The Postâ€™s critics highlight original movies that are being streamed and made available on demand. Here are this weekâ€™s picks.
LOVE & AIR SEX and SOMEONE MARRY BARRY
The raunch-com misfire â€śThat Awkward Momentâ€ť might have left Zac Efron fans bereft, but admirers of vulgar, playfully funny movies about the love lives of young adults have some perfectly acceptable â€” if not entirely respectable â€” choices in the on-demand universe. Indeed two films â€” â€śLove & Air Sexâ€ť and â€śSomeone Marry Barryâ€ť â€” prove that even the most predictable, borderline offensive iterations of the Apatovian TMI model of gross-out, sexual frank humor can be saved by winning performances and breezy, unstudied directorial flair.
â€śLove & Air Sex,â€ť by Austin-based filmmaker Bryan Poyser, works as an atmospheric travelogue of the city we all want to keep weird. Ashley Bell and Michael Stahl-David star as exes Cathy and Stan, who are visiting mutual friends over an eventful weekend during which they may or may not get back together. As usual with such setups, itâ€™s the supporting players who steal the show in â€śLove & Air Sexâ€ť: Sara Paxton, as Cathyâ€™s punked out, foul-mouthed best friend Kara, brings spontaneity and bright-eyed humor to her cynical character, while Zach Cregger, as Karaâ€™s one-time boyfriend, resembles a less coarse, self-regarding version of Seann William Scott.
The â€śair sexâ€ť in the title refers to a competition held at Austinâ€™s Alamo Drafthouse movie theater, wherein people mime sex acts on stage, like a dirty version of charades. Cregger and Paxton give their all to the ribald pantomime, and their commitment is commendable even as the novelty begins to wane.
In â€śSomeone Marry Barry,â€ť Tyler LaÂbine plays the title character, an obnoxious, self-absorbed loser whose foot is somehow perpetually lodged in his constantly running mouth. When his best friends try to marry him off to get rid of him, he unexpectedly meets Mel (Lucy Punch), whose lack of social graces meets his, down to the last burp and passing of wind.
Written and directed by Rob Pearlstein, â€śSomeone Marry Barryâ€ť offers the usual formulaic fare, but in this case itâ€™s livened up considerably by Punch, as well as a supporting cast that includes an intermittently hilarious Damon Wayans (oh, and Ed Helms). â€śLove & Air Sexâ€ť and â€śSomeone Marry Barryâ€ť donâ€™t break new ground, but they till the existing territory with freshness and verve. All the awkward moments are fully intended.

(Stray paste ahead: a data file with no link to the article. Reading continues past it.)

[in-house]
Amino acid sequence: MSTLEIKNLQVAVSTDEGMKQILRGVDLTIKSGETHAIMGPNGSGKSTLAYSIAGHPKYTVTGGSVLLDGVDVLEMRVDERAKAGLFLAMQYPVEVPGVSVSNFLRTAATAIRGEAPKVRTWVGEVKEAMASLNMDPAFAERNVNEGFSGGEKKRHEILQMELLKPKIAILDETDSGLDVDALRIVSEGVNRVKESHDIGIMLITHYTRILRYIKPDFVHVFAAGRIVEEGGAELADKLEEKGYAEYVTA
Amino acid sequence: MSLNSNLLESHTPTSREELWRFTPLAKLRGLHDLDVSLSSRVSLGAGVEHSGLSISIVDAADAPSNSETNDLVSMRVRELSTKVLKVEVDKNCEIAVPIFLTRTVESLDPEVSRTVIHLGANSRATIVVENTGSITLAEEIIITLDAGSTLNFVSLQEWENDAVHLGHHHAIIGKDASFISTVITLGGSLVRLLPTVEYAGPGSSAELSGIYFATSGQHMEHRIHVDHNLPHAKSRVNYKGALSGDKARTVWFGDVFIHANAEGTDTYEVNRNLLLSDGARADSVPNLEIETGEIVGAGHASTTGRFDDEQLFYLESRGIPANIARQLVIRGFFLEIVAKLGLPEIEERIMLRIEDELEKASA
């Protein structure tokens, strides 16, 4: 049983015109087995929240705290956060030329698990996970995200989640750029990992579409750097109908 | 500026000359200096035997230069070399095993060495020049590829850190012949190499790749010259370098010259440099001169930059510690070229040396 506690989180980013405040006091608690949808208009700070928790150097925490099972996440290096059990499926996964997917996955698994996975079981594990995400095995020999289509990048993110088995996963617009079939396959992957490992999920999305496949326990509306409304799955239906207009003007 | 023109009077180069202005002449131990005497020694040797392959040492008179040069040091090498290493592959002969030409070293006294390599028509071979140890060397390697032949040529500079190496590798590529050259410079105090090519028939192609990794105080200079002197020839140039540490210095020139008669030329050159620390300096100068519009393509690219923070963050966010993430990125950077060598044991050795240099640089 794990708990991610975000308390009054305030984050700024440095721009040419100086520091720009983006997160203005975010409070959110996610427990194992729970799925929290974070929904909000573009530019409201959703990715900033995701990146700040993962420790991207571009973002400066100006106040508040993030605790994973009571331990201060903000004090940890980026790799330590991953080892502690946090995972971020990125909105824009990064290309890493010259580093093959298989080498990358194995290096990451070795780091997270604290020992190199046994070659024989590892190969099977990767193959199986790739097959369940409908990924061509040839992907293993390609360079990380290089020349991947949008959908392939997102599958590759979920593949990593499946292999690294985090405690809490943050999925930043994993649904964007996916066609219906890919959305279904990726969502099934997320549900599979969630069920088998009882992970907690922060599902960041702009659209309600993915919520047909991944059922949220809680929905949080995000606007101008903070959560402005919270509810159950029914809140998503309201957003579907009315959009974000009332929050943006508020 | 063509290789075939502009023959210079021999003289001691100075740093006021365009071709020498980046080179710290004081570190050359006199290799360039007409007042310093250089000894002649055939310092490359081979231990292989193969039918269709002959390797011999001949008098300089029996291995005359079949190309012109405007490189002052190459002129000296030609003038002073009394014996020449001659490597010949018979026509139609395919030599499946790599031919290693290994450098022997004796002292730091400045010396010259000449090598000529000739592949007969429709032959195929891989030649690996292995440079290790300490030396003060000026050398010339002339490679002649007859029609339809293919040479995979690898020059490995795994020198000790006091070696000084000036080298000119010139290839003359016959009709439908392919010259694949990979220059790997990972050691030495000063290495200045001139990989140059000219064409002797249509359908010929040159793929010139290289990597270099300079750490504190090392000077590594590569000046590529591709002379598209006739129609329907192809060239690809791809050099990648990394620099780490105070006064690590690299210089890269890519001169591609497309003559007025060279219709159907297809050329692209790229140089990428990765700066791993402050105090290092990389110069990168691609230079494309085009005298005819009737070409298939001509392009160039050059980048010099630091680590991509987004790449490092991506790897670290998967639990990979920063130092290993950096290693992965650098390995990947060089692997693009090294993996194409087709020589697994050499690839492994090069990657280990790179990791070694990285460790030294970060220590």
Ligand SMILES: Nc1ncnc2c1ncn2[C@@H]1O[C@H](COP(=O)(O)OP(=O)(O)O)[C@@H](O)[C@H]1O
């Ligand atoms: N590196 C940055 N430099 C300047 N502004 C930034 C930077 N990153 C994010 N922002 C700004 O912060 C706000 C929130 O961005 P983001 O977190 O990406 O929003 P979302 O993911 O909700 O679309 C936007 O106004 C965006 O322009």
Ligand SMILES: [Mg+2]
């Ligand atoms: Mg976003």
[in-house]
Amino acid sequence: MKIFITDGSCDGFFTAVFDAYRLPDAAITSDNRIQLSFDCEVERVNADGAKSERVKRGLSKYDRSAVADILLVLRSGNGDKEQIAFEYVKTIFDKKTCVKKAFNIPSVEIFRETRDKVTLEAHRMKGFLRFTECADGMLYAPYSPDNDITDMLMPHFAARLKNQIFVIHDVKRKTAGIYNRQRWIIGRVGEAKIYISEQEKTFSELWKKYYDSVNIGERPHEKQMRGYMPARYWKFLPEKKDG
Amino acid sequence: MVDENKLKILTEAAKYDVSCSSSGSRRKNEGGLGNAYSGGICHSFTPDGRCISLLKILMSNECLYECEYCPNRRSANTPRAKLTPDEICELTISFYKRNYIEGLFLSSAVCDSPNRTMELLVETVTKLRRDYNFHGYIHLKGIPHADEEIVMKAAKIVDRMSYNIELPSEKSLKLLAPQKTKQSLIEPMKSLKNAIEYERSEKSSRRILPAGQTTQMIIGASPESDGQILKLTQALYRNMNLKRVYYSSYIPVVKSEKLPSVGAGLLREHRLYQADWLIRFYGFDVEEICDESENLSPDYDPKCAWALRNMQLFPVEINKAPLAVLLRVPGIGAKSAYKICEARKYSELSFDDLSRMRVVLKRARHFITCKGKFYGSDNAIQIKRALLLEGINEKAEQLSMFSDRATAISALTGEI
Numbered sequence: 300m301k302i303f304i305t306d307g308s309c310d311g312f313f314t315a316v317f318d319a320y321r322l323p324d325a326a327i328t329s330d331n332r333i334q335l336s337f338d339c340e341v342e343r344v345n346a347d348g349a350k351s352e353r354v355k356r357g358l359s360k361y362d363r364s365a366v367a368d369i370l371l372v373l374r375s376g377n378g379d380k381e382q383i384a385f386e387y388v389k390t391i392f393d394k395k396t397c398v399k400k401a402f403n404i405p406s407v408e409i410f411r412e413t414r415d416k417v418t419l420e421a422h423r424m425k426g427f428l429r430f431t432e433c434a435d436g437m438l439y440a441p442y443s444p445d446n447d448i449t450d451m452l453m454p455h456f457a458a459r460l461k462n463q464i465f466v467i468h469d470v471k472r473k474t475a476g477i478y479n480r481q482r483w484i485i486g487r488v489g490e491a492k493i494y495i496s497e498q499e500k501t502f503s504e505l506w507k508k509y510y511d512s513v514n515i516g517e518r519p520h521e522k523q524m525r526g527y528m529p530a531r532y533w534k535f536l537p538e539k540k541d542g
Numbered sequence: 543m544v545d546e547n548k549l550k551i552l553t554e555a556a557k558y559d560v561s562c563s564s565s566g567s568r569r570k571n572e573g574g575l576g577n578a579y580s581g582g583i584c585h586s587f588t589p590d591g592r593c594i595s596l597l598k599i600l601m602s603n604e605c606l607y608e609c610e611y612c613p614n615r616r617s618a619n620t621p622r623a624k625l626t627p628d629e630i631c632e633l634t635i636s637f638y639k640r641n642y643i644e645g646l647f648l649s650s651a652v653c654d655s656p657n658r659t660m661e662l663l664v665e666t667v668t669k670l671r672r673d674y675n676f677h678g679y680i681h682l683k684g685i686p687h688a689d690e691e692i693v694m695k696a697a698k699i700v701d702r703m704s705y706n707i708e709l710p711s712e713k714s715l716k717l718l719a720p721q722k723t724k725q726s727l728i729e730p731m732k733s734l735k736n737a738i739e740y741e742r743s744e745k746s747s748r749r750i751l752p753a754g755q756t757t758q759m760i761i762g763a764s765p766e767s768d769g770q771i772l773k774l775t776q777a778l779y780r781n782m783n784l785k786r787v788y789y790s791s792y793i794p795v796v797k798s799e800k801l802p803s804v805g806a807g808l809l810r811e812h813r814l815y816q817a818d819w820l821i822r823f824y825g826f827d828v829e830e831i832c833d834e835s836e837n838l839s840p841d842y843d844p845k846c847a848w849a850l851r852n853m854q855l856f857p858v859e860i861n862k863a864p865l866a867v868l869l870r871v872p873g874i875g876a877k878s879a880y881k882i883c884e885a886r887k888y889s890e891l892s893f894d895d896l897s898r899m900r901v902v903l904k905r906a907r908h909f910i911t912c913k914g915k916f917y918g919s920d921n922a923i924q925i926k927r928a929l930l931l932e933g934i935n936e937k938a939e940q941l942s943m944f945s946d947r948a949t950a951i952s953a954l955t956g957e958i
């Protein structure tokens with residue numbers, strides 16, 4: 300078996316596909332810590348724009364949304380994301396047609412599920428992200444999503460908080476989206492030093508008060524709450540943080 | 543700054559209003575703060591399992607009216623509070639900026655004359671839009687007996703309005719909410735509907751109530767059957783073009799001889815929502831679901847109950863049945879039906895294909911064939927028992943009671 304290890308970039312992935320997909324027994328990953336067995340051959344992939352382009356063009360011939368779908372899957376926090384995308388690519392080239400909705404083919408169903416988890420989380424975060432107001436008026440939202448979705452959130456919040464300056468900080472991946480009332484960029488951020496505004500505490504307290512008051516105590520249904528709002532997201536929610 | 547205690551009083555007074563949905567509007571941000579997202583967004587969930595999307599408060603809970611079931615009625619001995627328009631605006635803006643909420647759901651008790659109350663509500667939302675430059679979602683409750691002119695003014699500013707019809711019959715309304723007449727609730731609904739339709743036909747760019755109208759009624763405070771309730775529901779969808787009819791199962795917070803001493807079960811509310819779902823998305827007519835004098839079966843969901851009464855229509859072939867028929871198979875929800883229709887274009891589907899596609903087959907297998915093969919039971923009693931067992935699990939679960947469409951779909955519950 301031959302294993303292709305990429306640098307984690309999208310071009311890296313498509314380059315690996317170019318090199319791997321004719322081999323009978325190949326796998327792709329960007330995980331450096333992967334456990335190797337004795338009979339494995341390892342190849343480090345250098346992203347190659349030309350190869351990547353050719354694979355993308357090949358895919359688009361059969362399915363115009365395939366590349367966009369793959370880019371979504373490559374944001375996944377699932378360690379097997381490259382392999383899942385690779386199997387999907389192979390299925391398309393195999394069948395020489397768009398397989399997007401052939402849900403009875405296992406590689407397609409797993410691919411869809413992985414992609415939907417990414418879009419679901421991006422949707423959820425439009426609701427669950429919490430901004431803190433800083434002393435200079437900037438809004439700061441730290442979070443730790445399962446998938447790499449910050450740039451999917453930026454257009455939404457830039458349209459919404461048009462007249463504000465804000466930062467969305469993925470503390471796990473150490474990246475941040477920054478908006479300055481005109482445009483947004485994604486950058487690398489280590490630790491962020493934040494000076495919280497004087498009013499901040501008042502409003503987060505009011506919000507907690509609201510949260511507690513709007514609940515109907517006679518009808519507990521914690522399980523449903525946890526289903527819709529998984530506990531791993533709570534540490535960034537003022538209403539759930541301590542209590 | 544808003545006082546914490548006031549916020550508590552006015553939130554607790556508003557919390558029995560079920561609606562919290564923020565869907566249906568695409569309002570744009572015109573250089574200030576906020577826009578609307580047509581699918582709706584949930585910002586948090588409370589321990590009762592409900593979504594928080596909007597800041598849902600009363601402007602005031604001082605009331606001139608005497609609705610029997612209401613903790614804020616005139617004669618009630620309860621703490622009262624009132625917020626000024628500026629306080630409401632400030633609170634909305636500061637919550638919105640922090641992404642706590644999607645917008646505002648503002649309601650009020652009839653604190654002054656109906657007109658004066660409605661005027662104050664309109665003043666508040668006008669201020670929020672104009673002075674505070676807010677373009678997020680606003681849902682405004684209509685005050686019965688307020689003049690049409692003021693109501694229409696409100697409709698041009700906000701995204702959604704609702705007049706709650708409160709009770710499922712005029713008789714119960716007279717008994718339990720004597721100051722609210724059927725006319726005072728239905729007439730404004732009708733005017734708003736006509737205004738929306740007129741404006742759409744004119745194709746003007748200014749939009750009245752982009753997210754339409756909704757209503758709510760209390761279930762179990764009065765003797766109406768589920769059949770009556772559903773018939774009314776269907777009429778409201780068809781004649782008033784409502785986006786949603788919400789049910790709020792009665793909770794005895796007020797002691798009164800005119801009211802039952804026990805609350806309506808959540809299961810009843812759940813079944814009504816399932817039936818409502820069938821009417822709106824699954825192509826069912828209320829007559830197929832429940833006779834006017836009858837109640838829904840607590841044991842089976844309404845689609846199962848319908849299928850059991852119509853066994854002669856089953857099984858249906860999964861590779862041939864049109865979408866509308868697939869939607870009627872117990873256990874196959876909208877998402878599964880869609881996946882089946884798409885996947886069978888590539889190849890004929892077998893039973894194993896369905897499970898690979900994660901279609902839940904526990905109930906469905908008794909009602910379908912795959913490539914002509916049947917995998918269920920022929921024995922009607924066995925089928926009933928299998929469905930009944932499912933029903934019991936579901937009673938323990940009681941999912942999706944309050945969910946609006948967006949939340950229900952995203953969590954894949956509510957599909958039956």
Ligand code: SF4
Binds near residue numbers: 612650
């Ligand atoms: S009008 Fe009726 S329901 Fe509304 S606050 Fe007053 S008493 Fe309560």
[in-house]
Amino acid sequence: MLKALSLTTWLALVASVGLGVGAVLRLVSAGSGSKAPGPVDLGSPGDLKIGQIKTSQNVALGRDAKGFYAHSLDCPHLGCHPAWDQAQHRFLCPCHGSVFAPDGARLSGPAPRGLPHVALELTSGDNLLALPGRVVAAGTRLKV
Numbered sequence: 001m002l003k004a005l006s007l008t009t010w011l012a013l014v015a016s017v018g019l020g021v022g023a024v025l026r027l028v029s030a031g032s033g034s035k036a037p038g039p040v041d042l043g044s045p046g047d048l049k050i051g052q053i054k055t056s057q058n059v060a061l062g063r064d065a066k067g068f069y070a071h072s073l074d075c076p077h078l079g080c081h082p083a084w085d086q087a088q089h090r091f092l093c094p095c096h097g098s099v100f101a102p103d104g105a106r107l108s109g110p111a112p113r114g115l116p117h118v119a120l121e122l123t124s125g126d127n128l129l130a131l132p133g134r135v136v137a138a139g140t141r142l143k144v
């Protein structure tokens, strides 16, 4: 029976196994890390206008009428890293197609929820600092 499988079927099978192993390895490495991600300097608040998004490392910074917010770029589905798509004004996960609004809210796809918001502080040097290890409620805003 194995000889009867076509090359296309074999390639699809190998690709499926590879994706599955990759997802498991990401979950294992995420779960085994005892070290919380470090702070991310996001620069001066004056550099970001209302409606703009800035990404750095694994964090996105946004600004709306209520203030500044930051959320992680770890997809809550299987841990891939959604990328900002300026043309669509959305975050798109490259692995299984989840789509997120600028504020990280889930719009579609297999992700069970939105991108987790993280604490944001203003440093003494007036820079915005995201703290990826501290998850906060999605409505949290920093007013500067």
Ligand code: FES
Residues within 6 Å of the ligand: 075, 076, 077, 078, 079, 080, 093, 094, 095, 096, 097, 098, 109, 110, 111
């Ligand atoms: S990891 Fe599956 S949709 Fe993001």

â€” Ann Hornaday
â€śLove & Air Sexâ€ť (91 minutes, on Amazon Instant) and â€śSomeone Marry Barryâ€ť (87 minutes, on iTunes) are unrated. Both contain pervasive profanity, adult themes, drug use and sexual situations.Â
THE BEST OFFER
It would be easy to mistake the era depicted in â€śThe Best Offerâ€ť as some quaint, long-ago time when men wore suspenders, posh restaurants had good acoustics and selfies were painted in exquisite detail. But the film, by â€śCinema Paradisoâ€ť auteur Giuseppe Tornatore, takes place in the present day, albeit among an upper echelon of wealthy and refined individuals.
The whiff of musty air works for the film, which has a Hitchcockian quality and music by the brilliant Ennio Morricone, Sergio Leoneâ€™s go-to composer. This is a movie about antiques, and that includes the main character, the perfectly named Virgil Oldman, played by Geoffrey Rush.
Virgil is a renowned auctioneer and appraiser with a passion for paintings. Heâ€™s a serious man with a fear of women (at least real ones; he has a massive collection of female portraits) and an off-putting habit of wearing gloves at all times. Virgil has at least one skeleton in his closet: He sometimes passes off authentic masterworks as forgeries, then auctions them at a discount so he can add them to his secret collection.